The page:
Terre Napoleon. A History Of French Explorations And Projects In Australia By Ernest Scott














































































 -  After Baudin had
made those investigations which his means permitted in the region of the
two large gulfs, the winter - Page 190
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After Baudin Had Made Those Investigations Which His Means Permitted In The Region Of The Two Large Gulfs, The Winter Season Was Again Approaching, When High Winds And Tempestuous Seas Might Be Anticipated.

It was therefore hoped by all on board that when the commandant decided to steer for the shelter and succour of Port Jackson, he would, as it was only sensible that he should, take the short route through Bass Strait.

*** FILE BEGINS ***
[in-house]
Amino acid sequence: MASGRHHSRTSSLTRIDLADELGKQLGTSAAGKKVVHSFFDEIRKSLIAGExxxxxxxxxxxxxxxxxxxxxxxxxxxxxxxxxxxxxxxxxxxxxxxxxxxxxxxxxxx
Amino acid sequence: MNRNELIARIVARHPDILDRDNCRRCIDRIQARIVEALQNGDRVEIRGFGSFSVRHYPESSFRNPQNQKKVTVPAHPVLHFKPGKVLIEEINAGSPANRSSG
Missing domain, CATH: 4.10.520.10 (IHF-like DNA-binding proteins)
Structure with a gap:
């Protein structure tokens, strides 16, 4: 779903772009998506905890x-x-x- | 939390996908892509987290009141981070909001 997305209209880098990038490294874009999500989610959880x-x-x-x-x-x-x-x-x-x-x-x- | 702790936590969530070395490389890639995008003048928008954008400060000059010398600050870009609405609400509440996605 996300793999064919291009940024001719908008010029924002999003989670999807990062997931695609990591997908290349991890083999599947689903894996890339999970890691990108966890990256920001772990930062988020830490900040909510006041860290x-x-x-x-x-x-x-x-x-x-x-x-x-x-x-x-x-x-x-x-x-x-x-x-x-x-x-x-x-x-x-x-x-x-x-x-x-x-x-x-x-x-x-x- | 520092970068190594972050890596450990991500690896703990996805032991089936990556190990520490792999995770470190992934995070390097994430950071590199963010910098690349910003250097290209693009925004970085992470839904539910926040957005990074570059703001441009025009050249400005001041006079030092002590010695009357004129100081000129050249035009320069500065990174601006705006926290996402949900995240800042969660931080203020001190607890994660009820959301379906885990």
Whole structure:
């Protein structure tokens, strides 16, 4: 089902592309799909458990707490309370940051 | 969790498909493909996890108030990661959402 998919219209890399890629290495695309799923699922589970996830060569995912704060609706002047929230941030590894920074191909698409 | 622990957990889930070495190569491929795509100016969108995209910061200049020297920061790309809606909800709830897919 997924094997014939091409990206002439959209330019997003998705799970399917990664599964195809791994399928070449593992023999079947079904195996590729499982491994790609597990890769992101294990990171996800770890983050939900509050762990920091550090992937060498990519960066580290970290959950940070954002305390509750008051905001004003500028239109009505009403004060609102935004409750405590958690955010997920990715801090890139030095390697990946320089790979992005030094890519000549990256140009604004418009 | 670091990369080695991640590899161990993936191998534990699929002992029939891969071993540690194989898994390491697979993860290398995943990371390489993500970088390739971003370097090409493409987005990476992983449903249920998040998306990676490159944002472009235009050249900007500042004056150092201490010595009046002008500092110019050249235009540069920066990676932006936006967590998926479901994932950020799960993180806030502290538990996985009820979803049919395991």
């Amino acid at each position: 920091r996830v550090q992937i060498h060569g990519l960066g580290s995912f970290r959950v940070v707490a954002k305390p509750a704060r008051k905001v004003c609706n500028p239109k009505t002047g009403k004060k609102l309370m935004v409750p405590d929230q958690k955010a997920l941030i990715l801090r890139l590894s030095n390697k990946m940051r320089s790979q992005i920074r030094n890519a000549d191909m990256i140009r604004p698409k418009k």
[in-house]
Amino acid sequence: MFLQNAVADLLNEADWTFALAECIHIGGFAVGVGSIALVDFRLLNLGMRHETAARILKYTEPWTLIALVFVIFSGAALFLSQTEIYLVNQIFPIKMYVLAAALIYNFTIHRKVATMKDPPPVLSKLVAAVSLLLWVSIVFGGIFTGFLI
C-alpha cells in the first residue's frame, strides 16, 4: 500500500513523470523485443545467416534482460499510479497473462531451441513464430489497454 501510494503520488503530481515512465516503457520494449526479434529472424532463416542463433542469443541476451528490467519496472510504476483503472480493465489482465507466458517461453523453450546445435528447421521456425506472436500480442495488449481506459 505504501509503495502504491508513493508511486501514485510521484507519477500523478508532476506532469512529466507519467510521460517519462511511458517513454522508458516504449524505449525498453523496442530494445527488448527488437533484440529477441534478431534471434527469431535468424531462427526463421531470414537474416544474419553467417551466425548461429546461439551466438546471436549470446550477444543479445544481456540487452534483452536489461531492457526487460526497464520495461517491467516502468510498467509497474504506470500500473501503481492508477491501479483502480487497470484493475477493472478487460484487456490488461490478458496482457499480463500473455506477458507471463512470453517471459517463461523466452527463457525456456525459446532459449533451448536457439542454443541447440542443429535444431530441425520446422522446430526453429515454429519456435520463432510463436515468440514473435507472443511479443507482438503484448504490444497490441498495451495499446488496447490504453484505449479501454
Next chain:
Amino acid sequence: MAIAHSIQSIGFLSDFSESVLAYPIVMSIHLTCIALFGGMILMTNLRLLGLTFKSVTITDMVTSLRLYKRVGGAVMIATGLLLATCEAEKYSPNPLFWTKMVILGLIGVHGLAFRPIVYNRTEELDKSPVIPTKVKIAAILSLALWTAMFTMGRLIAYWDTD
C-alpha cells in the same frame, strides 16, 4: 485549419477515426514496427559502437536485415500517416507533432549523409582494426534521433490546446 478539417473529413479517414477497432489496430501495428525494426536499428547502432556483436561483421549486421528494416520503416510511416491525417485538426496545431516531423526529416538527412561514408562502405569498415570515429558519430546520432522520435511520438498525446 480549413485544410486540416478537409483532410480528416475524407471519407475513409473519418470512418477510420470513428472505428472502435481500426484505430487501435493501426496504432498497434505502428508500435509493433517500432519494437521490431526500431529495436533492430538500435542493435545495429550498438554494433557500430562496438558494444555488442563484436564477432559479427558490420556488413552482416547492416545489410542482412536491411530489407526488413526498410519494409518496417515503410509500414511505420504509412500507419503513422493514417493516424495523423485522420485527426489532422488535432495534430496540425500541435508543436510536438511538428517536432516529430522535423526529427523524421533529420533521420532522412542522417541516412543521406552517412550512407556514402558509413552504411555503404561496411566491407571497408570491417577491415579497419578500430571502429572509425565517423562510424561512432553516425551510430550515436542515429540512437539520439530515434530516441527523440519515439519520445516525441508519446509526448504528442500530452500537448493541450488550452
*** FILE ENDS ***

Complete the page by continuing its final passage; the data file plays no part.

In view of the distressed state of his company, it was positively cruel to think of doing otherwise. But there was, it seems, a peculiar vein of perversity in Baudin's character, which made him prone to do that which everybody wished him not to do. We may disregard many of the disparaging sentences in which Peron refers to "notre commandant" - never by name - because Peron so evidently detested Baudin that he is a doubtful witness in matters of conduct and character. We must also give due weight to the fact that we have no statement of Baudin's point of view on any matter for which he was blamed by colleagues who were at enmity with him. But even so, we have his unquestionable actions upon which to form a judgment; and it is difficult to characterise by any milder term than stupidity his determination to sail to Port Jackson from Kangaroo Island round by the south of Tasmania, a route at least six hundred miles out of his straight path. That he came to this decision after having himself sailed through Bass Strait from east to west, and thus learnt that the navigation was free from difficulty; when he had in his possession the charts of Bass and Flinders showing a clear course; during a period of storms when he would be quite certain to encounter worse weather by sailing farther south; when his crew were positively rotting with the scorbutic pestilence that made life all but intolerable to them, and attendance upon them almost too loathsome for endurance by the ship's surgeon; and when his supplies were at starvation limit in point of quantity and vermin-riddled in respect of quality that he resolved to take the long, stormy, southern route in face of these considerations, seems hardly to admit of explanation or excuse.

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